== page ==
Listed on SGX on 12 March 2020, United Hampshire US REIT (“UHREIT”) is one of the newer Real Estate Investment Trust (“REIT”) that might not catch much attention from the investment community. For those who are not familiar with this REIT, it was established with the principal investment strategy of investing in a diversified portfolio of stabilised income-producing grocery-anchored and necessity-based retail properties and self-storage properties, located in the U.S.
The CEO is Mr. Gerard Yuen, who played a pivotal role in the successful listing of UHREIT when he was the Chief Financial Officer. As CEO, Gerard works closely with the Board to determine the strategy for UHREIT and oversees overall day-to-day operations, working closely with the investment, asset management, financial and compliance personnel to achieve the strategic, investment and operational objectives of the REIT.
I caught up with Gerard recently and took the opportunity to post some questions to acquire a better understanding of the REIT. Without further ado, let’s jump into some key takeaways from our discussion.
Takeaway #1: Addressing the Elephant in the Room
Before we touch on other aspects of UHREIT, let’s address the main ‘elephant in the room’ first. The recent turbulence in the share prices of US office S-REITs has raised concerns among many REIT investors.
Many investors may not realise that UHREIT unit price has stayed relatively stable as compared to US office property REITs and has delivered a positive year-to-date total return of 8% (including March 23 and September 23 dividend payout of 5.62 US cents). It’s crucial to differentiate UHREIT from the US Office and Hotel REITs because they own very different asset classes that perform very differently.
With a focus on predominantly grocery-anchored and necessity-based retail properties, UHREIT has stayed resilient, withstanding economic uncertainties, backed by a diversified, cycle-agnostic tenant base providing day-to-day necessity goods and services. The REIT’s Self-Storage properties have also performed well, benefitting from work from home dynamics, coupled with an undersupply of self-storage facilities in the New York Metro Area. This contrasts with the US Office REIT sector which is facing headwinds from a weak business outlook and pressure from remote work.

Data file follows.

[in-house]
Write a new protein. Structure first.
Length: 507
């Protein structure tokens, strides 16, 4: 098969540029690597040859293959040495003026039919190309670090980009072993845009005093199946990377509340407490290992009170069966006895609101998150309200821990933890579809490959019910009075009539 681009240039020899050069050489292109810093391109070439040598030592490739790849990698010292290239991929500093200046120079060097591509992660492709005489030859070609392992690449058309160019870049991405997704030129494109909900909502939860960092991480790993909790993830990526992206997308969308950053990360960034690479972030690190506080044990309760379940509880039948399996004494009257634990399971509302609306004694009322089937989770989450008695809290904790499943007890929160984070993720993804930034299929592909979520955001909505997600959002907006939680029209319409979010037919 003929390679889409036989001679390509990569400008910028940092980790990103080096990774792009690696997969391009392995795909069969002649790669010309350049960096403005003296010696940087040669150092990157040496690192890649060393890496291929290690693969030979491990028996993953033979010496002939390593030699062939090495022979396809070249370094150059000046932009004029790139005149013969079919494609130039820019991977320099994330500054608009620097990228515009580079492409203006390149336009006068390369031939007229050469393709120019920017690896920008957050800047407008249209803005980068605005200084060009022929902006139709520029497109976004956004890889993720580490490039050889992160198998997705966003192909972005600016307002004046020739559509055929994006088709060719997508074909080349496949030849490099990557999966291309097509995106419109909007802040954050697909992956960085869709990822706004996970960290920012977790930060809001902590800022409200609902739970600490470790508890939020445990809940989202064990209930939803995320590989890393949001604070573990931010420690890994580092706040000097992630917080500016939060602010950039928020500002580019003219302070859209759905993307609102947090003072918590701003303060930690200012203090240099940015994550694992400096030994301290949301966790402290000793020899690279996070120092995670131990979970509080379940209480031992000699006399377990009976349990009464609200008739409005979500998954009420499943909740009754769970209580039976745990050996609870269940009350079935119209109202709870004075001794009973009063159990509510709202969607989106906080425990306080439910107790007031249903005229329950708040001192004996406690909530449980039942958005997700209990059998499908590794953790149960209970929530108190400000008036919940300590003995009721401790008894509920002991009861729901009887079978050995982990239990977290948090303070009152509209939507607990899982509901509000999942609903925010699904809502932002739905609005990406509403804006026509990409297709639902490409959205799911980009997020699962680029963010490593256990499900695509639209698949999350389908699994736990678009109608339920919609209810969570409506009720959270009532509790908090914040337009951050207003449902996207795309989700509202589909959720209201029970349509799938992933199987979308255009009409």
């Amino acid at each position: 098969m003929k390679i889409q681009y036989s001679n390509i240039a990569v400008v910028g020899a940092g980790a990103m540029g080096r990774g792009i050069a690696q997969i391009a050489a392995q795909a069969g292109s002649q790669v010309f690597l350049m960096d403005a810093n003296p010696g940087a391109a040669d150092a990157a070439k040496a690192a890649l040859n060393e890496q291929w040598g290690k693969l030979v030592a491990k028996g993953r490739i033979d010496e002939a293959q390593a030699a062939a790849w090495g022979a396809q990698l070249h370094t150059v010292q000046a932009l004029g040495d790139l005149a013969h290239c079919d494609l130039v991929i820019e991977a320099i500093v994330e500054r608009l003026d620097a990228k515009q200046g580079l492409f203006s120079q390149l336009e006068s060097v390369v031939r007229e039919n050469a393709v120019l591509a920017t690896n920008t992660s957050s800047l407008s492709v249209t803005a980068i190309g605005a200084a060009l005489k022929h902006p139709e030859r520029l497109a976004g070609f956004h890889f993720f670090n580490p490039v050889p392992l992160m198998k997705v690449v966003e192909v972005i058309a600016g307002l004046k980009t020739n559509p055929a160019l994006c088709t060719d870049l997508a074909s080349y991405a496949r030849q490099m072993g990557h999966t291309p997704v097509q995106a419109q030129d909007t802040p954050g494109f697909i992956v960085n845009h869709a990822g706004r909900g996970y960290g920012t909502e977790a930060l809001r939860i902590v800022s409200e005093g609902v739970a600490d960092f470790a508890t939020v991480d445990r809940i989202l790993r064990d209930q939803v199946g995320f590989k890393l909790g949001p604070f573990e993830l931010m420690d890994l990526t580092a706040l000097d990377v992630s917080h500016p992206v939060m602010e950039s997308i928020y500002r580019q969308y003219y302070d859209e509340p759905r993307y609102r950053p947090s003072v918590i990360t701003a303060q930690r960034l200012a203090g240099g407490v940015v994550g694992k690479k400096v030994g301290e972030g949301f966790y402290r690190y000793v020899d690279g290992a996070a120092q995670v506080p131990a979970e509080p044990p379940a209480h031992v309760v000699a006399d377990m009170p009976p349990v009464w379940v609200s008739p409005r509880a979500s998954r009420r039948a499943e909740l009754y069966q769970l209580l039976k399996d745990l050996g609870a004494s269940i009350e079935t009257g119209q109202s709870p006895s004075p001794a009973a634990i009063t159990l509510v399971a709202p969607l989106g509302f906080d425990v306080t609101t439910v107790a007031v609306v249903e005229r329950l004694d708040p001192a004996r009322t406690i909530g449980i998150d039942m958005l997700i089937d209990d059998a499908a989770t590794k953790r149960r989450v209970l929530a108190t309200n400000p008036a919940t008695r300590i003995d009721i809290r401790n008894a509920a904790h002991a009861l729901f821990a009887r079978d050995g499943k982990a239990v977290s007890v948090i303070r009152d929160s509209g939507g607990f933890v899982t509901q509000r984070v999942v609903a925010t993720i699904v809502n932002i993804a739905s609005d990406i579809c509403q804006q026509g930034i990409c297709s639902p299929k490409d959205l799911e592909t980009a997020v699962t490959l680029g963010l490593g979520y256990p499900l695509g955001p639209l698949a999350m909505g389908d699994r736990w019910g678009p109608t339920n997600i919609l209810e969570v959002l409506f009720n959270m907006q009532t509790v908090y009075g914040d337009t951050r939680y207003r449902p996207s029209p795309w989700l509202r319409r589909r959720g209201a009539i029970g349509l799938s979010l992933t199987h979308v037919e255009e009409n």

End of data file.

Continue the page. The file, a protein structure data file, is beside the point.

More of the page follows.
From UHREIT’s latest 1H2023 results presentation, we can see that UHREIT’s top 10 tenants comprise of familiar retail brands like Walmart, Lowe’s Companies, LA Fitness and Home Depot.
Based on the Trade Sector Breakdown, essential services comprise 63.3% of the whole portfolio and as a whole, it translates to a long Weighted Average Lease Expiry (“WALE”) of 8.1 years – pretty awesome if you compare the figure to other S-REITs with an average 3 – 5 years WALE.
Takeaway #2: Not Resting on Their Laurels
On top of that, UHREIT isn’t merely maintaining the status quo; it’s actively pursuing growth opportunities too.
If you were to keep track of its track record since IPO, UHREIT has completed several yield-accretive acquisitions as well as several opportunistic divestments at a premium above valuation.
One recent example is their divestment of Big Pine Center, done at a good premium of 3.7% over the appraisal value of US$9.5 million, and a 7.7% premium over the purchase price of US$9.2 million.
In addition, I noticed that UHREIT also embarked on Asset Enhancement Initiative (“AEI”) early this year. It has undertaken an expansion project on existing excess land at its Floria property, Port St Lucie to construct a new 63,000 sq ft store, which has been pre-leased to Academy Sports + Outdoors and is on track to be completed in 2024.
In my opinion, this proactive approach from the Manager to pursue AEI and investment opportunities sets itself apart from other REITs which simply go for the traditional ‘rights issue for acquisitions & repeat’ strategy.
While the strategy to enlarge a REIT’s portfolio size via issuance of rights units has worked its charm during a low interest rate environment, it is detrimental and highly dilutive in this current ‘higher for longer’ interest rate outlook.
UHREIT has proven that it can continually optimise its portfolio through successful acquisitions, divestments and AEI, which should be something worth highlighting for REIT investors these days.
Takeaway #3: Strong Sponsors and an Experienced Management Team
When we talk about strong sponsors, the common names like CapitaLand, Frasers and Mapletree will pop up.
That said, not many would have been aware that UHREIT actually benefits from two reputable sponsors, UOB Global Capital LLC & The Hampshire Companies LLC (hence the name United Hampshire US REIT).